I have no doubt that ... the second alternative is correct.

  19. Reliance is also placed on a statement of Lord Lowry in Spring v Guardian Assurance Plc [1995] 2 AC 296 at 327, a case in which a reference given by an employer about a former employee constituted a negligent misstatement. Lord Lowry stated:

    Once the duty of care is held to exist and the defendants’ negligence is proved, the plaintiff only has to show that by reason of that negligence he has lost a reasonable chance of employment (which would have to be evaluated) and has thereby sustained loss: McGregor on Damages 14th ed (1980), pp 198-202, paras 276-278 and Chaplin v Hicks [1911] 2 KB 786.

    Stuart-Smith LJ in Allied Maples expressed agreement with that statement.

  20. In Chaplin, the plaintiff was one of 50 finalists in a competition for 12 prizes and was held entitled to damages for wrongfully being deprived of the opportunity to take part in the final. On the evidence, it was impossible to decide whether she would have won a prize; she was entitled to damages for loss of the chance. In Kitchen v Royal Air Force Association [1958] 1 WLR 563, the plaintiff lost the opportunity to bring an action against the original wrongdoer. He was entitled to damages on the basis of the Court’s assessment of the prospect of success he would have had against that wrongdoer (Parker LJ at p 576). In Allied Maples the majority held that it was possible to make “an informed judgment of what the chances were of achieving certain results” (per Hobhouse LJ at p 1620). Millett LJ, dissenting, would not have allowed damages because “the outcome of such negotiations is a matter of pure speculation” (p 1625).

  21. I do not consider that Lord Lowry in Spring was proposing to deprive judges of the opportunity to make findings of fact on causation on the basis of evidence before them. Lord Lowry made the statement in the context of a finding of fact by the trial judge that one of a number of named companies would probably have employed the plaintiff. Moreover, in the absence of a favourable reference, the job application could not, under the rules of the regulatory body Lautro, be considered on the merits so that consideration on the merits was a hypothetical event.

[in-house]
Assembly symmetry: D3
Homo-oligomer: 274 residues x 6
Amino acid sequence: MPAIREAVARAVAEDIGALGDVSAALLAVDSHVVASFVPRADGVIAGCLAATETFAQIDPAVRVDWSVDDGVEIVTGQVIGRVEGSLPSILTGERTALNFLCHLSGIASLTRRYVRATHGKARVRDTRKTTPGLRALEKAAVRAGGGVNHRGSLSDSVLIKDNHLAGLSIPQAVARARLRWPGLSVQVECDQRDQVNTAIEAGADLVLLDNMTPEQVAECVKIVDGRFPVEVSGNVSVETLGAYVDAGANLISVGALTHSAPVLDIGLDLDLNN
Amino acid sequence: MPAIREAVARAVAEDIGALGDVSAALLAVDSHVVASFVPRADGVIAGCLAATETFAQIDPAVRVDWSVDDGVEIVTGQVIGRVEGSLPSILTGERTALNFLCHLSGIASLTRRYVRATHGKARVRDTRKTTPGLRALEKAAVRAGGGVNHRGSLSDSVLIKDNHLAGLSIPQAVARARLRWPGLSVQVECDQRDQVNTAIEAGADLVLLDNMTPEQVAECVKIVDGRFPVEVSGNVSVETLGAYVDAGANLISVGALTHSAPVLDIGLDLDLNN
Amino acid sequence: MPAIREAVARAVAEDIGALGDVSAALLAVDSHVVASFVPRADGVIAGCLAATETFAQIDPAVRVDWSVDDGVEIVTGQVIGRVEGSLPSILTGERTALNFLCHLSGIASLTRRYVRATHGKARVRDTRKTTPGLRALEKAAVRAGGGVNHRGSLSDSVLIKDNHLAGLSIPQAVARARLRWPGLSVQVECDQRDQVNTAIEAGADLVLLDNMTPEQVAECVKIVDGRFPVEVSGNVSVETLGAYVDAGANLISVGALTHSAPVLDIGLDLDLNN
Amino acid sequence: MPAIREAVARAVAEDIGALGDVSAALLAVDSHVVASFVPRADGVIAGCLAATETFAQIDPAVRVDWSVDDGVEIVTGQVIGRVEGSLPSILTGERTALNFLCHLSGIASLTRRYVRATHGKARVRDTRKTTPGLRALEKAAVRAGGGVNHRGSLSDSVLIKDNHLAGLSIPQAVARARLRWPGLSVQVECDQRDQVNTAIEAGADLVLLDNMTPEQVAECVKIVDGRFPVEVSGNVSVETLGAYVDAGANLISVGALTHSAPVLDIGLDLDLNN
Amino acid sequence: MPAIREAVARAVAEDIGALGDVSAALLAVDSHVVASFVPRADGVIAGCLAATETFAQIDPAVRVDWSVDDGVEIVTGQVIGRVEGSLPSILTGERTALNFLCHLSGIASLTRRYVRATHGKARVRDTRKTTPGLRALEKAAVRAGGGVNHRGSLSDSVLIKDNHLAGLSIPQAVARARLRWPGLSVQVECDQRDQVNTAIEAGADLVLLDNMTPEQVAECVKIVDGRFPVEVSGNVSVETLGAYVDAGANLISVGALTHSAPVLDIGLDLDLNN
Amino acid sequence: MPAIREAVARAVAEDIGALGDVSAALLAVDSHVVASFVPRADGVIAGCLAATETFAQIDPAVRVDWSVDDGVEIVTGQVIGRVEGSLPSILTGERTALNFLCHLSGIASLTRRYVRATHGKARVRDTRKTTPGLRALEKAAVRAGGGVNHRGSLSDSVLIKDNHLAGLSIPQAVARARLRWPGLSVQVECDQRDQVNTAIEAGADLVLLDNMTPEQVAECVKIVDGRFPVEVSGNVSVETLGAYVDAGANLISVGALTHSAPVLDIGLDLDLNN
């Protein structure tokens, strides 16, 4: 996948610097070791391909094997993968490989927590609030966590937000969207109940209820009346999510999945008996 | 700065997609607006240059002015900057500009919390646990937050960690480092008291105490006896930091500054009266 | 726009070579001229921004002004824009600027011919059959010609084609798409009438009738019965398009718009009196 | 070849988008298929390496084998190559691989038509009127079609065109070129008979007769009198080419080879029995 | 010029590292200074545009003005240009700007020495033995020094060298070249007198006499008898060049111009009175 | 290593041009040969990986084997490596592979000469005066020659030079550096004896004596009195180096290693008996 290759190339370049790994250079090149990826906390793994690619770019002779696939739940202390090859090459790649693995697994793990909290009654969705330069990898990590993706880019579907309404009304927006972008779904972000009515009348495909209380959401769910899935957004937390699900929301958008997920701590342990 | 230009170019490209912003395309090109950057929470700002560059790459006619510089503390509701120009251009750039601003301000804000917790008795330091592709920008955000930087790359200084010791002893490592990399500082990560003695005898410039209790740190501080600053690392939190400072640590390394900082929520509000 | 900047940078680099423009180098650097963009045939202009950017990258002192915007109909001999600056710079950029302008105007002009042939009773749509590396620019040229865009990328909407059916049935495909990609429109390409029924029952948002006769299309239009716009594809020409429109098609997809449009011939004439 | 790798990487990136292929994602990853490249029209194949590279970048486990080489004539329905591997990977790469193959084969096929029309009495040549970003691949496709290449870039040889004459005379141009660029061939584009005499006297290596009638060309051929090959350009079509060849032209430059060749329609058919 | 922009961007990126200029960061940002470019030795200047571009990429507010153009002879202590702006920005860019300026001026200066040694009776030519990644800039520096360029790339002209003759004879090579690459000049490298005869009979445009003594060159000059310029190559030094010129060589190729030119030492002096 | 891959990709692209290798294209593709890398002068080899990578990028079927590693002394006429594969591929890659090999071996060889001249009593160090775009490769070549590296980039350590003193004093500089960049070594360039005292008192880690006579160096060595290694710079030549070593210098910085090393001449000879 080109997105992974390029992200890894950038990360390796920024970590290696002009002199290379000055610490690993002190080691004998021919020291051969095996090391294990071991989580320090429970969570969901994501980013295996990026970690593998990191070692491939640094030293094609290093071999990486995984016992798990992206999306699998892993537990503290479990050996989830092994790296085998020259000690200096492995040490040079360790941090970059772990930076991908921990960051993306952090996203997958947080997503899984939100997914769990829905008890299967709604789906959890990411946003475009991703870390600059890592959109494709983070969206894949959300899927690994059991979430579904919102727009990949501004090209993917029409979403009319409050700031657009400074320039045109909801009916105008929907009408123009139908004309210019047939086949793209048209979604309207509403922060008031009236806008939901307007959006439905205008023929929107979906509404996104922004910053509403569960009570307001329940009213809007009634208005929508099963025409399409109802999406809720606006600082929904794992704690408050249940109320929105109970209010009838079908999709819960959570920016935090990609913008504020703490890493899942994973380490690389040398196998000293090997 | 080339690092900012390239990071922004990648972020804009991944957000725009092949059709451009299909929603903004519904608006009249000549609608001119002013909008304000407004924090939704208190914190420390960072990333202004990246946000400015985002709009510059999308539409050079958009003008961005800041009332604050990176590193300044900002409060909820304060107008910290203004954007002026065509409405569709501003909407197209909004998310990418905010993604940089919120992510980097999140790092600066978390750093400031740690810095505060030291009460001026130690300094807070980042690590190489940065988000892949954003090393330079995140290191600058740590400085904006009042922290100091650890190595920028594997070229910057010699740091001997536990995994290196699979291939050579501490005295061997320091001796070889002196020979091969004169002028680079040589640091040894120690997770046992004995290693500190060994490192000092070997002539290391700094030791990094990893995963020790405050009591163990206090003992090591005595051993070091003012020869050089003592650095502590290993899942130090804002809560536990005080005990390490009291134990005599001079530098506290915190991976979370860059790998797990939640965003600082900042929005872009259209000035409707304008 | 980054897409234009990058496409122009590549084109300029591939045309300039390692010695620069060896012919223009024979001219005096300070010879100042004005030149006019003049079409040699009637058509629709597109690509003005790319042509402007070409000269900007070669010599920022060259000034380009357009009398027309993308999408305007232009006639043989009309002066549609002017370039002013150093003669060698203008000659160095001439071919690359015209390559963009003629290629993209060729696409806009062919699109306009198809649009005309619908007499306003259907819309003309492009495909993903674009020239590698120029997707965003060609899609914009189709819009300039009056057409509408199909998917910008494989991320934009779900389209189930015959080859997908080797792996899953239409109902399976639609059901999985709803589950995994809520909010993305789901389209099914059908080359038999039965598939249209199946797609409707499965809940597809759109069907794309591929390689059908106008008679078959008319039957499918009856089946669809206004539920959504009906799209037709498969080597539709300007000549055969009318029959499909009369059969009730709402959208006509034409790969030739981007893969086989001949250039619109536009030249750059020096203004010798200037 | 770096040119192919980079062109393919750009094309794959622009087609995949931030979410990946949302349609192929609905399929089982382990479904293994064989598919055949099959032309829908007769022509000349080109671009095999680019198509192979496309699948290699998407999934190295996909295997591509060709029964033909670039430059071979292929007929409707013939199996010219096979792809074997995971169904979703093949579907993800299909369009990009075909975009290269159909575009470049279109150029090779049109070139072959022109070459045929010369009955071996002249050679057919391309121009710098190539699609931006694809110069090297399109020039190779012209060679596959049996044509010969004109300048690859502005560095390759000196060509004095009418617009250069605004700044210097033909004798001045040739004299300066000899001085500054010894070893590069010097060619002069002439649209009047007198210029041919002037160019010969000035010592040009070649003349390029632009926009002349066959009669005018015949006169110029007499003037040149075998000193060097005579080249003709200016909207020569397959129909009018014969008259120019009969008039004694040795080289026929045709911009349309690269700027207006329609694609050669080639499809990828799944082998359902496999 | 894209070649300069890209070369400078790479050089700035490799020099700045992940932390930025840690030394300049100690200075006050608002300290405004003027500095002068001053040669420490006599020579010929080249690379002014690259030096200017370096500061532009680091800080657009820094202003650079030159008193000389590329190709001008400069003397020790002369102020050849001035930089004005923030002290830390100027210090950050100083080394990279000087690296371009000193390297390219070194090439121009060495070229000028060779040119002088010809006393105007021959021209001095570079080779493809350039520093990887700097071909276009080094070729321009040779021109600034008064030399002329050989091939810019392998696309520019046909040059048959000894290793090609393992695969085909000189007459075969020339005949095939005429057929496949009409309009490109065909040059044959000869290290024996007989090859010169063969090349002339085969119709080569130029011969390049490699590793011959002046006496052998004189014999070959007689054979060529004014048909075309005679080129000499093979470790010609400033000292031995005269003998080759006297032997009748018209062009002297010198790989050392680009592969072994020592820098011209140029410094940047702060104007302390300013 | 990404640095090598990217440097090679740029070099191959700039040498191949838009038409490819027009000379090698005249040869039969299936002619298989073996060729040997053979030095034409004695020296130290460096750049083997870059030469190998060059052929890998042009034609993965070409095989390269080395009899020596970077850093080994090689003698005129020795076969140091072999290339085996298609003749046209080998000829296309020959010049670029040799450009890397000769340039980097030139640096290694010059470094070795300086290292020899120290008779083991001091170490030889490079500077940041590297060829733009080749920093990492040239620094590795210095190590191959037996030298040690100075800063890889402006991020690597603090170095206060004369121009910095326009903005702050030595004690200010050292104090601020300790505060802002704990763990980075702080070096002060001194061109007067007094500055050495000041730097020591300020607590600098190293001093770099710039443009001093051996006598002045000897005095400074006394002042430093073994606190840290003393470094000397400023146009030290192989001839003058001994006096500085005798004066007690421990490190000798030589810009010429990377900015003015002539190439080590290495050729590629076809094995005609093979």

22. In Gerber Garment Technology Inc v Lectra Systems Ltd [1997] RPC 443, a business was held entitled to damages for infringement of a patent. The judge awarded damages on the basis that the patentees would have achieved 15 sales if the infringers had not made their 25 wrongful sales. A loss was claimed on 25 sales and the judge did not identify the 15 which would in fact have been achieved by the patentees. In upholding the finding of the judge, Staughton LJ relied on Allied Maples. He stated:

    In my judgment the issue as to the amount of the patentees’ loss in the present case was a question in the second class; it depended on the hypothetical actions of third parties, that is to say the buyers of the infringing machines (or spare parts, servicing and CAD systems). The judge was entitled to conclude that the patentees had lost a chance of making sales to those buyers – no doubt a chance of differing probabilities in each case. He was entitled to evaluate the chances as a whole, rather than separately, if he chose to do so. The contrary view, that if the judge found 25 chances of a sale, each of 49 per cent probability, he should award nothing is absurd.

    Staughton LJ must in my view have been referring to the third of Stuart-Smith LJ’s classes in Allied Maples, that dealing with the hypothetical action of a third party.

  23. With respect, Gerber was not a loss of a chance case in quite the sense the expression was used in class 3 in Allied Maples. The loss, if any, suffered by the parties by reason of the infringement was capable of analysis in the light of actual events. The decision is, however, entirely explicable on the conventional basis already considered. It was open to the judge to infer, on an evaluation of the evidence, that 15 sales were lost. The absurdity contemplated by Staughton LJ would have been an absurdity on an analysis of the evidence using commonsense. Hutchison LJ stated, at p 487, that there was in his view “evidence sufficient to enable [the judge] to reach an assessment of lost profits”. The judge in Gerber was entitled to infer that 15 sales were probably lost without identifying 15 specific transactions. On different evidence he would have been entitled to reach a different conclusion.

  24. I do not consider that the judge was obliged to apply the loss of a chance principle in the present case. It is a useful tool for applying the general principle, that it is for the claimant to prove causation, in circumstances in which the consequences of the breach cannot easily be determined because it is impossible or extremely difficult to reconstruct events on the basis that there had been no breach.

  25. In the present cases it may be said that it cannot be known with certainty what would have happened if the appellants had applied for jobs without having the alleged stigma of previous employment by BCCI. The relevance of that alleged stigma to the events in question was however analysed in the most detailed and comprehensive way at the trial. The effect, if any, upon their employment prospects of the appellants having previously been employed by a corrupt employer was capable of analysis and was thoroughly analysed. Upon the judge’s findings, to which it will be necessary to refer in some detail, he was not obliged to assess the loss of a chance; he found on the evidence that stigma played no part in the failure to obtain employment. Had there been evidence in Kitchen that the claim against the original wrongdoer had no chance of success or in Allied Maples that the vendor would in no circumstances have renegotiated, the judges in those cases need not have applied the loss of a chance principle as they did.